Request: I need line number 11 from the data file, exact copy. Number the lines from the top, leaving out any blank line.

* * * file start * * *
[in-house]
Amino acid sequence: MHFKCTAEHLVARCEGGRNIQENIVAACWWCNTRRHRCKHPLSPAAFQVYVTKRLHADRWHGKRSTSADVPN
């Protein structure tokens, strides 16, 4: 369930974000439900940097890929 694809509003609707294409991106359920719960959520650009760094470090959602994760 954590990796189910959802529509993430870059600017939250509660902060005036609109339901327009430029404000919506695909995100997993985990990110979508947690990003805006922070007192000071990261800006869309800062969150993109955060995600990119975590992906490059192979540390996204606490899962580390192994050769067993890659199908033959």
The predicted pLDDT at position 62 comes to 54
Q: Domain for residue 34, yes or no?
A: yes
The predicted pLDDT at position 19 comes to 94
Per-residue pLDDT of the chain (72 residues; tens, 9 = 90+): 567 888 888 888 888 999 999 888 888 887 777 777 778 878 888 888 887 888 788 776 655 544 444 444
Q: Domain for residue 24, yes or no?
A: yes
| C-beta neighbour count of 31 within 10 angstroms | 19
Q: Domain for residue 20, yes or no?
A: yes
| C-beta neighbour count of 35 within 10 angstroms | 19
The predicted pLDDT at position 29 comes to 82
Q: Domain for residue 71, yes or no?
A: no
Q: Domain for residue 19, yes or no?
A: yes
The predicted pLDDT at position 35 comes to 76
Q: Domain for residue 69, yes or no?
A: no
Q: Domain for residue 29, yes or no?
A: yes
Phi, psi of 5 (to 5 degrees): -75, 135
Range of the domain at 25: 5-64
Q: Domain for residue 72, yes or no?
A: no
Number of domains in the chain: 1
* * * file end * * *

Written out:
| C-beta neighbour count of 31 within 10 angstroms | 19